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A U.S. Army Black Hawk helicopter flies over Baghdad, Iraq, Oct. 30, 2007 (AP photo by Marko Drobnjakovic).

Trump’s Pardons of U.S. Soldiers Send a Very Dangerous Message, at Home and Abroad

Wednesday, May 22, 2019

Of all the constitutional powers enjoyed by the U.S. president, perhaps none is so vulnerable to abuse as the presidential pardon. As a check against the potential abuse of power by the judicial branch, it serves an important constitutional function. As a public demonstration of clemency and the power of redemption, it contributes symbolically to the health of the republic. But when used improperly, the pardon becomes a poison to the body politic, rather than an antidote to what is ailing it.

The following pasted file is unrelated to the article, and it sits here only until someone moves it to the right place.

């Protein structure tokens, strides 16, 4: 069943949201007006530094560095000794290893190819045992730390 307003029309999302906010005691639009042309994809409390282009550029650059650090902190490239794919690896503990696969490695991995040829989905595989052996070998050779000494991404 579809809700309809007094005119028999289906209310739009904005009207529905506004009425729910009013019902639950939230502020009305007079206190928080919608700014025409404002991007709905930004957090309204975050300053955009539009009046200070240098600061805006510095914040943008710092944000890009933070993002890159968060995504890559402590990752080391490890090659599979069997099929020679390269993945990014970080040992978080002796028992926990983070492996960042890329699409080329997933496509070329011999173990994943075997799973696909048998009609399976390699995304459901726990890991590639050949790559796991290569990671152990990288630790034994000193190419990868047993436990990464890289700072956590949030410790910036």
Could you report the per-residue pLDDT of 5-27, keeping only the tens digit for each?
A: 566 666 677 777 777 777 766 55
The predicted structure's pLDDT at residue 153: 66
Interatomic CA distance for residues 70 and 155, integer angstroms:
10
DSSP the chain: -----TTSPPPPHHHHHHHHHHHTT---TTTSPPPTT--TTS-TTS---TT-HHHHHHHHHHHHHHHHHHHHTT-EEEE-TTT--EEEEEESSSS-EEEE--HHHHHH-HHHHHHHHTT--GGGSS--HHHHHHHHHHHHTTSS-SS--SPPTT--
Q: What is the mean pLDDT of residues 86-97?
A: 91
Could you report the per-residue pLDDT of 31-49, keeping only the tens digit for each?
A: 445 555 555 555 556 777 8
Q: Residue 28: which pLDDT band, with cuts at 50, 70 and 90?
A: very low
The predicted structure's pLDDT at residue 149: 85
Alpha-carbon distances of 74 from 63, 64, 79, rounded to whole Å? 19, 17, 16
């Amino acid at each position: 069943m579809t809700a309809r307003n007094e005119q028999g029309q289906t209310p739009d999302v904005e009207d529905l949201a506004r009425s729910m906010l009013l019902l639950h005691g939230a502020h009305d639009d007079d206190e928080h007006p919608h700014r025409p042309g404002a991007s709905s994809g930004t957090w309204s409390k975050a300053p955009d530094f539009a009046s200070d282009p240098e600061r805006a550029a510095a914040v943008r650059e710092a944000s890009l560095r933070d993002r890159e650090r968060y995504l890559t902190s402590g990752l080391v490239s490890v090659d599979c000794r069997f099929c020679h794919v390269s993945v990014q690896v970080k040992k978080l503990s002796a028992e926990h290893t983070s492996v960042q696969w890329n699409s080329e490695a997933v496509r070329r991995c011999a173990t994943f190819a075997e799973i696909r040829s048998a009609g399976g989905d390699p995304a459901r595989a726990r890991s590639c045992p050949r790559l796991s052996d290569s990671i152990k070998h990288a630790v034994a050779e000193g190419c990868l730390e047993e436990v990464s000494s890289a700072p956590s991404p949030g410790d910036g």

This is certainly the case when it comes to President Donald Trump’s decision to pardon Michael Behenna, a U.S. special operations forces officer convicted by a court martial of murdering a detainee in Iraq in 2008. Trump is also reportedly considering pardons for several other U.S. officers accused of war crimes in Iraq and Afghanistan, but who have not yet stood trial. ...

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